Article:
Not because we expect you to major in music;
Not because we expect you to sing all your life;
Not so you can relax, not so you can have fun;
But so you will be...human. So you will recognize beauty. So you will be sensitive. So you will be closer to an infinite beyond this world. So you will have something to cling to. So you will have more love, compassion, gentleness, good--in short, more life! Of what value will it be to make a prosperous living unless you know how to live? Remember years ago when Father Trevor Huddleston gave an ill young boy his ﬁrst Trumpet...that boy "Hugh Masekela" that the world now celebrates.
“Tell me and I'll forget; show me and I may remember; involve me and I'll understand.”
"Education is the great engine of personal development. It is through education that the daughter of a peasant can become a doctor, that a son of a mineworker can become the head of the mine, that a child of farm workers can become the president of a great nation. It is what we make out of what we have, not what we are given, that separates one person from another."
We are not trying to turn out hundreds of first class musicians but rather well rounded young South Africans who can find jobs in the music industry but if they choose not to they will still have had a well rounded education and be part of our future audience and be empowered human beings.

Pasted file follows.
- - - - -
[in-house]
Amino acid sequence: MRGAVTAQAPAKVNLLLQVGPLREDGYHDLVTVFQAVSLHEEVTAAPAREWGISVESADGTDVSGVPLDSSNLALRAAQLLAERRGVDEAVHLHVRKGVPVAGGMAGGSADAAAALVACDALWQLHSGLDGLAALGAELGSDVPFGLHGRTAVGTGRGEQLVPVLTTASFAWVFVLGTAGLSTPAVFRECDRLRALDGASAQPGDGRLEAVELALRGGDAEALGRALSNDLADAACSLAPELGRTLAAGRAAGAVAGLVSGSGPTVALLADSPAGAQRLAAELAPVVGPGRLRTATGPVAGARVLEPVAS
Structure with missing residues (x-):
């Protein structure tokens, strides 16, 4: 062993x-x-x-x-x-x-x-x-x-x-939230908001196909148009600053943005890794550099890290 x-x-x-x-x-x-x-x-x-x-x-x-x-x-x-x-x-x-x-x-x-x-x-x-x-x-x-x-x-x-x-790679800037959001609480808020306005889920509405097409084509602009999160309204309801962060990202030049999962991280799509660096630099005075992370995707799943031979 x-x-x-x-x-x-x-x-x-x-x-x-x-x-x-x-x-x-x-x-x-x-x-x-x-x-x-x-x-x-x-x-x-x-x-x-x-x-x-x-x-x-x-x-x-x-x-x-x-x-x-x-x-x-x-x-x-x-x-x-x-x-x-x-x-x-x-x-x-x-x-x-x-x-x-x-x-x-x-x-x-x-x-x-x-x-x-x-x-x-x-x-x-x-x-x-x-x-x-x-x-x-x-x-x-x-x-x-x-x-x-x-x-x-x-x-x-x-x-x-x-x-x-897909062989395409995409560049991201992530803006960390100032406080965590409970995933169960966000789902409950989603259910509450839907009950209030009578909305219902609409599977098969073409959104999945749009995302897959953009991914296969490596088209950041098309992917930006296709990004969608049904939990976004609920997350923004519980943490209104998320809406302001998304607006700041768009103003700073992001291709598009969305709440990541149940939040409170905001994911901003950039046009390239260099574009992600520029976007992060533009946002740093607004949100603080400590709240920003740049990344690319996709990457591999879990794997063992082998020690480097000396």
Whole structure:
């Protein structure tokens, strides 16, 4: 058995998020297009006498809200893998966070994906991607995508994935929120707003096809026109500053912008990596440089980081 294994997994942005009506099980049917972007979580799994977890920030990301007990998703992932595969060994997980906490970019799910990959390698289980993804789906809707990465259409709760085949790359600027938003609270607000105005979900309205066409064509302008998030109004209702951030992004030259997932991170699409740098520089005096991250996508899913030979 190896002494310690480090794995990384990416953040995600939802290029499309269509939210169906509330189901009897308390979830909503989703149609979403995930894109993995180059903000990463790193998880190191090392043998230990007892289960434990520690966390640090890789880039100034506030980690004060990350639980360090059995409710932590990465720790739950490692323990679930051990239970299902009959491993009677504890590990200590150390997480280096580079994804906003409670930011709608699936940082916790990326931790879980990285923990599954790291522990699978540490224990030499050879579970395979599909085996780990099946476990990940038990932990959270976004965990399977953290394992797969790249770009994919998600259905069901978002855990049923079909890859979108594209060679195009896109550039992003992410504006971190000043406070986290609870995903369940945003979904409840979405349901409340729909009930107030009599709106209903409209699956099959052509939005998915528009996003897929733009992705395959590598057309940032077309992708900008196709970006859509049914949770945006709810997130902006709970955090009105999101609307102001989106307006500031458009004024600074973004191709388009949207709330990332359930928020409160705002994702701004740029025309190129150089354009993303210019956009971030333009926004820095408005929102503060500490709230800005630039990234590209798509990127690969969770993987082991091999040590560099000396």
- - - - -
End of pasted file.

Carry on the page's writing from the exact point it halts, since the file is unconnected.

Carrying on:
Instrumental in growing IQ. Taking up the piano or playing the guitar could change the shape and power of the brain and improve IQ by seven points both in adults and children, according to a Swiss study from two years ago. There is mounting evidence that musicians’ brains function in a different way to non-musicians’ - when a person learns how to play an instrument, the parts of the brain that control motor skills and hearing become larger and more active. “We found that even in people over the age of 65, after four or five months of playing an instrument for an hour a week there were changes in the brain,” says psychologist Lutz Jancke. A separate study last year showed that learning to play an instrument in childhood has key advantages for a developing brain. Playing music significantly enhances the brain’s sensitivity to speech and sounds and could help both normal children and those with problems such as dyslexia and autism, according to a paper presented to the American Association For The Advancement Of Science by a US neuroscientist. - Daily Mail Article in The Independent on Saturday 17th December 2011